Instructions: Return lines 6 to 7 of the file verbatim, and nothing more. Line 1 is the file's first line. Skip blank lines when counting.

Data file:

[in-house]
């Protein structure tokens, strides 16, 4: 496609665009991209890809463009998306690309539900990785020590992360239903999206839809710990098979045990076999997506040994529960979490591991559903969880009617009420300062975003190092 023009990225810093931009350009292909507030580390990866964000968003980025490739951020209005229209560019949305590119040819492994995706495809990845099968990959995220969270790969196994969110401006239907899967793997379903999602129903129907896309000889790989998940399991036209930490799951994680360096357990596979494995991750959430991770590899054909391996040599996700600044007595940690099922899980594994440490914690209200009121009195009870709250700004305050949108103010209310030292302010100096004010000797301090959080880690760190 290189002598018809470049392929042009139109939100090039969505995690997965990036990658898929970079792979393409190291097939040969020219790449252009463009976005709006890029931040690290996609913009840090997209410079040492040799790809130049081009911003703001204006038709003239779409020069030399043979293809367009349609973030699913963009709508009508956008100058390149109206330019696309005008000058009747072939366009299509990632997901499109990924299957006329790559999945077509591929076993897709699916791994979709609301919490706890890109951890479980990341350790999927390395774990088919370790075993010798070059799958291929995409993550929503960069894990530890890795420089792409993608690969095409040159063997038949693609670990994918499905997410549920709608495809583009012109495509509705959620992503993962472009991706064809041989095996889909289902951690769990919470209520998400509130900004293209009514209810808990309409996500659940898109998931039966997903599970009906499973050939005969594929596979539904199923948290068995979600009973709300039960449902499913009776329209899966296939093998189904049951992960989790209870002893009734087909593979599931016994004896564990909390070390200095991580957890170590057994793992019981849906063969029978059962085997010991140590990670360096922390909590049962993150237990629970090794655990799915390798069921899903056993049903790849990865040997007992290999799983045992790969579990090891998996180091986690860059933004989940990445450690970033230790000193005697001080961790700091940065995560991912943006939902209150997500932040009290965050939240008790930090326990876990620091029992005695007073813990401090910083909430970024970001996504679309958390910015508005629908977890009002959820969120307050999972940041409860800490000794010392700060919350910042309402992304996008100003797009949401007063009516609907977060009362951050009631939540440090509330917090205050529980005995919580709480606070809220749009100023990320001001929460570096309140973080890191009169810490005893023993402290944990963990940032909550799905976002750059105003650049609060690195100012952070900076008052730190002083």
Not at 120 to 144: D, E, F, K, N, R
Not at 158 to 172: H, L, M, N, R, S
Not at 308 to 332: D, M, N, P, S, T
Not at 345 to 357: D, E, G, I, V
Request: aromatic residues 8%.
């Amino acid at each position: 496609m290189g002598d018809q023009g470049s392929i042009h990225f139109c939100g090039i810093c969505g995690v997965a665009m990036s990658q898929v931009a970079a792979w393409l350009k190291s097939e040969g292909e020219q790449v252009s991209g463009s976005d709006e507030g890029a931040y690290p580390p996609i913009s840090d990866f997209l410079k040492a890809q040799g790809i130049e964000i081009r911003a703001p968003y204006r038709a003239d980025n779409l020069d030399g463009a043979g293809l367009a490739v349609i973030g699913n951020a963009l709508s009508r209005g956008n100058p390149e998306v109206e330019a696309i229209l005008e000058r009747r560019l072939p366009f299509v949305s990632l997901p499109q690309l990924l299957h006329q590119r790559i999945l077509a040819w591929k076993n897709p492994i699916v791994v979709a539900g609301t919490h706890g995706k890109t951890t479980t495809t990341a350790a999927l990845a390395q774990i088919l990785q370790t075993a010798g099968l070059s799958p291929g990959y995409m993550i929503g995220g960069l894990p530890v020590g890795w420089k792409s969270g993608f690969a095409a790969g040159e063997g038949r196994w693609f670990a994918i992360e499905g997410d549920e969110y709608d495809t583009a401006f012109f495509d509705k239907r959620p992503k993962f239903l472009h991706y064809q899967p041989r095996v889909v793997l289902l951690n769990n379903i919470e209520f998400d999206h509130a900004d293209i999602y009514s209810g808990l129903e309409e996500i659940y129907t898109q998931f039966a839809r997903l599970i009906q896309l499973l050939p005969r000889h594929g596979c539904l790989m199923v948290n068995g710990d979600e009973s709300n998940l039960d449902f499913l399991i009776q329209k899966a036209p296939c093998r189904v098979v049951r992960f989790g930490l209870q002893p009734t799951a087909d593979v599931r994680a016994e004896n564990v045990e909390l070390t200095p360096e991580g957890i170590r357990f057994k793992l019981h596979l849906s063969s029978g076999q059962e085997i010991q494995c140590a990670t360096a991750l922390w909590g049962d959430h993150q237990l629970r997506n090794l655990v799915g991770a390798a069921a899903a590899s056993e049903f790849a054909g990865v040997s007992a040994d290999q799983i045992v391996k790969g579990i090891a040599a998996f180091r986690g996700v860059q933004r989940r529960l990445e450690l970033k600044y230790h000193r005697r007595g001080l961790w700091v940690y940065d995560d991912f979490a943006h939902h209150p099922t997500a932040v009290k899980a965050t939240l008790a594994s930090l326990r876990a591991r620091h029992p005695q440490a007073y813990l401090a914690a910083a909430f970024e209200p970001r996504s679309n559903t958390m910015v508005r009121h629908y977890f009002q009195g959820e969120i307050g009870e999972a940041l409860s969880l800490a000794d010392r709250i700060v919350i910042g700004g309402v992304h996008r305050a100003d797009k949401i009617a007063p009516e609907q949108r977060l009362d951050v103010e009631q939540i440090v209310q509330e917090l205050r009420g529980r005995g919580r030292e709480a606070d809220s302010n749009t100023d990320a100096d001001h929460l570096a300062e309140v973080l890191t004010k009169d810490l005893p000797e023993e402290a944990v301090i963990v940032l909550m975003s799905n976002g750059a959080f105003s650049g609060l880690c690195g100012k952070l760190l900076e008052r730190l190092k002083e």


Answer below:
Not at 345 to 357: D, E, G, I, V
Request: aromatic residues 8%.